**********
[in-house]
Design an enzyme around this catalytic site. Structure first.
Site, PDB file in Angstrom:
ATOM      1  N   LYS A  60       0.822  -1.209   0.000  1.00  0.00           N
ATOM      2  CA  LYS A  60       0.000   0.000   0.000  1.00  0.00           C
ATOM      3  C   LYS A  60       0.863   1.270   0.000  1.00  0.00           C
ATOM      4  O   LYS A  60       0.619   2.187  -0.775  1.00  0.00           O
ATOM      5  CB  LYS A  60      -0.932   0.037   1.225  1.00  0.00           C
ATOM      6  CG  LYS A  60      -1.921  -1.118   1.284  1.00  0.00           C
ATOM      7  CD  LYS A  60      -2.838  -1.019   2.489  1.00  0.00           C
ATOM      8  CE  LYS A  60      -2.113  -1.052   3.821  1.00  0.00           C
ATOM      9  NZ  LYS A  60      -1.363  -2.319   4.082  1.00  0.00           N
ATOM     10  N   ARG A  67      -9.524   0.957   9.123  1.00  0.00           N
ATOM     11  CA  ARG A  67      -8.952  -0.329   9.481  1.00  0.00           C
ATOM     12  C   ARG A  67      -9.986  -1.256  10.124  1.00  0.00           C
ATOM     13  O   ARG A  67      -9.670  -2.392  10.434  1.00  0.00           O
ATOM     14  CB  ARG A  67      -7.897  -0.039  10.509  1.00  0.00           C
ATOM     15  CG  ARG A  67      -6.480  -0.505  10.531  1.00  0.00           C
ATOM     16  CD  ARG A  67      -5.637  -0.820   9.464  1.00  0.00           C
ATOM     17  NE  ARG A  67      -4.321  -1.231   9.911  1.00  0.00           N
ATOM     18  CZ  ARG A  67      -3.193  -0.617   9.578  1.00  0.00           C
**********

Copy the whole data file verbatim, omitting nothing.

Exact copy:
[in-house]
Design an enzyme around this catalytic site. Structure first.
Site, PDB file in Angstrom:
ATOM      1  N   LYS A  60       0.822  -1.209   0.000  1.00  0.00           N
ATOM      2  CA  LYS A  60       0.000   0.000   0.000  1.00  0.00           C
ATOM      3  C   LYS A  60       0.863   1.270   0.000  1.00  0.00           C
ATOM      4  O   LYS A  60       0.619   2.187  -0.775  1.00  0.00           O
ATOM      5  CB  LYS A  60      -0.932   0.037   1.225  1.00  0.00           C
ATOM      6  CG  LYS A  60      -1.921  -1.118   1.284  1.00  0.00           C
ATOM      7  CD  LYS A  60      -2.838  -1.019   2.489  1.00  0.00           C
ATOM      8  CE  LYS A  60      -2.113  -1.052   3.821  1.00  0.00           C
ATOM      9  NZ  LYS A  60      -1.363  -2.319   4.082  1.00  0.00           N
ATOM     10  N   ARG A  67      -9.524   0.957   9.123  1.00  0.00           N
ATOM     11  CA  ARG A  67      -8.952  -0.329   9.481  1.00  0.00           C
ATOM     12  C   ARG A  67      -9.986  -1.256  10.124  1.00  0.00           C
ATOM     13  O   ARG A  67      -9.670  -2.392  10.434  1.00  0.00           O
ATOM     14  CB  ARG A  67      -7.897  -0.039  10.509  1.00  0.00           C
ATOM     15  CG  ARG A  67      -6.480  -0.505  10.531  1.00  0.00           C
ATOM     16  CD  ARG A  67      -5.637  -0.820   9.464  1.00  0.00           C
ATOM     17  NE  ARG A  67      -4.321  -1.231   9.911  1.00  0.00           N
ATOM     18  CZ  ARG A  67      -3.193  -0.617   9.578  1.00  0.00           C